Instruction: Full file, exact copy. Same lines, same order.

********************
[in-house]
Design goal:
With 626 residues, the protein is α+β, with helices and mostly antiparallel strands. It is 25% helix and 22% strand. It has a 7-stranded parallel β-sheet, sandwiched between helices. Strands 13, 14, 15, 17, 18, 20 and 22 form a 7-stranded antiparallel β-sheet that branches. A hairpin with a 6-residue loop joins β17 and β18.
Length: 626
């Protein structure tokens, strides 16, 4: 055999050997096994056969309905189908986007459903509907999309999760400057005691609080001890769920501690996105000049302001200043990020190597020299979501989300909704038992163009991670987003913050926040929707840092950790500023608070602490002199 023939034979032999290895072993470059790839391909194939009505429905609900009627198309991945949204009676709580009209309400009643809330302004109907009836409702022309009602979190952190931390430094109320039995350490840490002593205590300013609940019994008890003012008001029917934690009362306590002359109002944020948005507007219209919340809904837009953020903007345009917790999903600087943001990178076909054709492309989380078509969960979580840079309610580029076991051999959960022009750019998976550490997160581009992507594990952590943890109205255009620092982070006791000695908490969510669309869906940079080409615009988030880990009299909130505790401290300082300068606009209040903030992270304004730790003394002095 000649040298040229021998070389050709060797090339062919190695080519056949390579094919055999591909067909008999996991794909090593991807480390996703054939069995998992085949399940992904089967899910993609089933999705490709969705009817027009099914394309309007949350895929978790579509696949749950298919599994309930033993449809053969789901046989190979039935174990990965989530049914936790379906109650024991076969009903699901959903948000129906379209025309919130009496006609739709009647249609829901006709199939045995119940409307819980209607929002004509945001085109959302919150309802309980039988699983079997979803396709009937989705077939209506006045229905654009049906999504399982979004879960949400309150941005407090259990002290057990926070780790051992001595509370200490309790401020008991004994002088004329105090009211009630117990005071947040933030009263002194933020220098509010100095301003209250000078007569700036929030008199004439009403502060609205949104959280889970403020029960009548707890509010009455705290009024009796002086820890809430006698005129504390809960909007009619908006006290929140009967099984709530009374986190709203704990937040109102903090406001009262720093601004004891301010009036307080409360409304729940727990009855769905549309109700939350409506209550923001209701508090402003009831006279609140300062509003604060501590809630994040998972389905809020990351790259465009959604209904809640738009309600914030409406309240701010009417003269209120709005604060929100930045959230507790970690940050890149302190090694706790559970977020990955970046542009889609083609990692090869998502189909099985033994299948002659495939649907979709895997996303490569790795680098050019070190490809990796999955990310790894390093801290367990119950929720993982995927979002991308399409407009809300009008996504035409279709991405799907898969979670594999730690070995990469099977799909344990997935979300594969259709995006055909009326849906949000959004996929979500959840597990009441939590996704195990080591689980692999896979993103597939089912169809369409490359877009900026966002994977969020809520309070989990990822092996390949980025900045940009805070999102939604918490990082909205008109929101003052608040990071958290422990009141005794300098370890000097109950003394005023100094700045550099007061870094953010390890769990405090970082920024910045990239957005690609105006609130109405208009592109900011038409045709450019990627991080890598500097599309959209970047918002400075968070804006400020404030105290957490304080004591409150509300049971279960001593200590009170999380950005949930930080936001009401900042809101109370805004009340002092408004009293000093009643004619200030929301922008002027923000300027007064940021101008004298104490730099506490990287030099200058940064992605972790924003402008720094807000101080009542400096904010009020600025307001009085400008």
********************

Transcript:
[in-house]
Design goal:
With 626 residues, the protein is α+β, with helices and mostly antiparallel strands. It is 25% helix and 22% strand. It has a 7-stranded parallel β-sheet, sandwiched between helices. Strands 13, 14, 15, 17, 18, 20 and 22 form a 7-stranded antiparallel β-sheet that branches. A hairpin with a 6-residue loop joins β17 and β18.
Length: 626
């Protein structure tokens, strides 16, 4: 055999050997096994056969309905189908986007459903509907999309999760400057005691609080001890769920501690996105000049302001200043990020190597020299979501989300909704038992163009991670987003913050926040929707840092950790500023608070602490002199 023939034979032999290895072993470059790839391909194939009505429905609900009627198309991945949204009676709580009209309400009643809330302004109907009836409702022309009602979190952190931390430094109320039995350490840490002593205590300013609940019994008890003012008001029917934690009362306590002359109002944020948005507007219209919340809904837009953020903007345009917790999903600087943001990178076909054709492309989380078509969960979580840079309610580029076991051999959960022009750019998976550490997160581009992507594990952590943890109205255009620092982070006791000695908490969510669309869906940079080409615009988030880990009299909130505790401290300082300068606009209040903030992270304004730790003394002095 000649040298040229021998070389050709060797090339062919190695080519056949390579094919055999591909067909008999996991794909090593991807480390996703054939069995998992085949399940992904089967899910993609089933999705490709969705009817027009099914394309309007949350895929978790579509696949749950298919599994309930033993449809053969789901046989190979039935174990990965989530049914936790379906109650024991076969009903699901959903948000129906379209025309919130009496006609739709009647249609829901006709199939045995119940409307819980209607929002004509945001085109959302919150309802309980039988699983079997979803396709009937989705077939209506006045229905654009049906999504399982979004879960949400309150941005407090259990002290057990926070780790051992001595509370200490309790401020008991004994002088004329105090009211009630117990005071947040933030009263002194933020220098509010100095301003209250000078007569700036929030008199004439009403502060609205949104959280889970403020029960009548707890509010009455705290009024009796002086820890809430006698005129504390809960909007009619908006006290929140009967099984709530009374986190709203704990937040109102903090406001009262720093601004004891301010009036307080409360409304729940727990009855769905549309109700939350409506209550923001209701508090402003009831006279609140300062509003604060501590809630994040998972389905809020990351790259465009959604209904809640738009309600914030409406309240701010009417003269209120709005604060929100930045959230507790970690940050890149302190090694706790559970977020990955970046542009889609083609990692090869998502189909099985033994299948002659495939649907979709895997996303490569790795680098050019070190490809990796999955990310790894390093801290367990119950929720993982995927979002991308399409407009809300009008996504035409279709991405799907898969979670594999730690070995990469099977799909344990997935979300594969259709995006055909009326849906949000959004996929979500959840597990009441939590996704195990080591689980692999896979993103597939089912169809369409490359877009900026966002994977969020809520309070989990990822092996390949980025900045940009805070999102939604918490990082909205008109929101003052608040990071958290422990009141005794300098370890000097109950003394005023100094700045550099007061870094953010390890769990405090970082920024910045990239957005690609105006609130109405208009592109900011038409045709450019990627991080890598500097599309959209970047918002400075968070804006400020404030105290957490304080004591409150509300049971279960001593200590009170999380950005949930930080936001009401900042809101109370805004009340002092408004009293000093009643004619200030929301922008002027923000300027007064940021101008004298104490730099506490990287030099200058940064992605972790924003402008720094807000101080009542400096904010009020600025307001009085400008």